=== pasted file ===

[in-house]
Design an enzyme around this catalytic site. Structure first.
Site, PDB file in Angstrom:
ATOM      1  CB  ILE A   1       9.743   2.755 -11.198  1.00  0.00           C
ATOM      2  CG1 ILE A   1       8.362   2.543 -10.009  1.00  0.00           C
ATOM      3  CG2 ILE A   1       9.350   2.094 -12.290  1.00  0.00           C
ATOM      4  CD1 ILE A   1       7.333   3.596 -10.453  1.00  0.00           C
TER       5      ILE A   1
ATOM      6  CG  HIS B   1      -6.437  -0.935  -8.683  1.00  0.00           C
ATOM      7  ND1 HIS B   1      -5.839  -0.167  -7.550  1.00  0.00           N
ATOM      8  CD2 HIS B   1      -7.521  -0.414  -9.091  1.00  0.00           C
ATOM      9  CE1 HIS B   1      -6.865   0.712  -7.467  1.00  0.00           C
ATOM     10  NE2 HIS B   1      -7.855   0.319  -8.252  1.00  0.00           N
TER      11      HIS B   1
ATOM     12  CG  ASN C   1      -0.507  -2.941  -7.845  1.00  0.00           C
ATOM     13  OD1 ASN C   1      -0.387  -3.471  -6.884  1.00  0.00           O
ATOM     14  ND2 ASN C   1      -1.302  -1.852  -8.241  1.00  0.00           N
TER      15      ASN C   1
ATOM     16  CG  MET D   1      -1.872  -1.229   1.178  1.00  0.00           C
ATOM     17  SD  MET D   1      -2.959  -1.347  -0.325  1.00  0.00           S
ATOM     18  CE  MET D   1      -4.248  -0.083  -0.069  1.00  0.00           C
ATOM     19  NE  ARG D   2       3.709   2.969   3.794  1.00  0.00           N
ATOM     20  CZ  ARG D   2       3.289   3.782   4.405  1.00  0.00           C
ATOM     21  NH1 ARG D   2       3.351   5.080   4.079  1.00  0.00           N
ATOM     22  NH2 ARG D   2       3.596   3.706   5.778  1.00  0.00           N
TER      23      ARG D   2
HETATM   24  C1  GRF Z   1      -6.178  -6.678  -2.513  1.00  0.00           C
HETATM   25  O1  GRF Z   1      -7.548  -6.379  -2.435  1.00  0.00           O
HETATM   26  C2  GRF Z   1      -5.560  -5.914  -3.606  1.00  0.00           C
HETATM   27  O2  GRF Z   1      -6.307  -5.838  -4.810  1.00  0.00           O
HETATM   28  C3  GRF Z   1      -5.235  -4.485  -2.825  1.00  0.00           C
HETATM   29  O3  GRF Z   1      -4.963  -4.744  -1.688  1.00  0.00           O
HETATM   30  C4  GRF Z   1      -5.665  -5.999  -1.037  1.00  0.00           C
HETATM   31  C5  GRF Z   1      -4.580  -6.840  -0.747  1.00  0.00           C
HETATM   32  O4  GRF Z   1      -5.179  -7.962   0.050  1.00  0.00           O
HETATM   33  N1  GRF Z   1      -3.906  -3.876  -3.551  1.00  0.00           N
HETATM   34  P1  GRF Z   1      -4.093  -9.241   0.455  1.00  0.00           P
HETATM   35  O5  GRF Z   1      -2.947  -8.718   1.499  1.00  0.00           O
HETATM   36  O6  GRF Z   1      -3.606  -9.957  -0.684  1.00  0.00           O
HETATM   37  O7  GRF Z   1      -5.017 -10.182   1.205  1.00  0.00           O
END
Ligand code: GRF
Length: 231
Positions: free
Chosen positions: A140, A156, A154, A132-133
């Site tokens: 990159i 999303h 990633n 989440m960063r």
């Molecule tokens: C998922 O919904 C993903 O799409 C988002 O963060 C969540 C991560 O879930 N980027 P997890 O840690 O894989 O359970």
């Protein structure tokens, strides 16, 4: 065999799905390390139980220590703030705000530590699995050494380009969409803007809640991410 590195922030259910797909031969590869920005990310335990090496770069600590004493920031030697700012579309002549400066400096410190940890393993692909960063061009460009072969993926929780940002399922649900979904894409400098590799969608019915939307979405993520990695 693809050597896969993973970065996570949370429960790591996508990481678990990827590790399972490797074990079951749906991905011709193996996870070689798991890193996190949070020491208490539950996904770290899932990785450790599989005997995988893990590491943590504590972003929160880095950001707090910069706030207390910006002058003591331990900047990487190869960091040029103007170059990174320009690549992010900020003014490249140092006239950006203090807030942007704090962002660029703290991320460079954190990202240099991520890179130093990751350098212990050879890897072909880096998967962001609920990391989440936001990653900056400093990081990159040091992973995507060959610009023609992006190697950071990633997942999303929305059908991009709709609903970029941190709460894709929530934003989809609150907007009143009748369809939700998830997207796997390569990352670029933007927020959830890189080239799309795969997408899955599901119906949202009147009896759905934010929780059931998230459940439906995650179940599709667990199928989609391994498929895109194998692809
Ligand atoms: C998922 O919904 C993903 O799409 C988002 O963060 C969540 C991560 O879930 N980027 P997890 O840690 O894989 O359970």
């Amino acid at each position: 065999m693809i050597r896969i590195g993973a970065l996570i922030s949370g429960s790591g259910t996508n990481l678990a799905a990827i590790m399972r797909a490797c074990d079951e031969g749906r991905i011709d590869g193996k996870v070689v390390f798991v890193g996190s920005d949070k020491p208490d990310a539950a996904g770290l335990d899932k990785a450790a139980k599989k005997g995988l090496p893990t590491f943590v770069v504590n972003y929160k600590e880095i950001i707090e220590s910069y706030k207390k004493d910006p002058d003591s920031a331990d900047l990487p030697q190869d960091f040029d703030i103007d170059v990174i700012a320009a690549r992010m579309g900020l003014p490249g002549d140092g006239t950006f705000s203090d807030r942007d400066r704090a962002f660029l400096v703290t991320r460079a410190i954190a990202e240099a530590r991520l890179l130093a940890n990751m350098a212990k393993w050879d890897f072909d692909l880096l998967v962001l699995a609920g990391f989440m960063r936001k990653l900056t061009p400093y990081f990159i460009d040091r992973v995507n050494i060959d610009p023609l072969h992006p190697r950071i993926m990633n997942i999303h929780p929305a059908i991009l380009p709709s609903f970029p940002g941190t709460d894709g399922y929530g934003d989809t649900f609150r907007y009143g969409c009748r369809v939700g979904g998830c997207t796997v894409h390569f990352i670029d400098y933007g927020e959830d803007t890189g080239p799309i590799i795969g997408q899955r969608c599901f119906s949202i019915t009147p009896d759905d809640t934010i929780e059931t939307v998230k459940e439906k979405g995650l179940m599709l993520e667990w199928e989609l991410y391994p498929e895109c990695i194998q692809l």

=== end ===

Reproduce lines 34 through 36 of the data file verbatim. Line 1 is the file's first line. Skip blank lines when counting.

HETATM   31  C5  GRF Z   1      -4.580  -6.840  -0.747  1.00  0.00           C
HETATM   32  O4  GRF Z   1      -5.179  -7.962   0.050  1.00  0.00           O
HETATM   33  N1  GRF Z   1      -3.906  -3.876  -3.551  1.00  0.00           N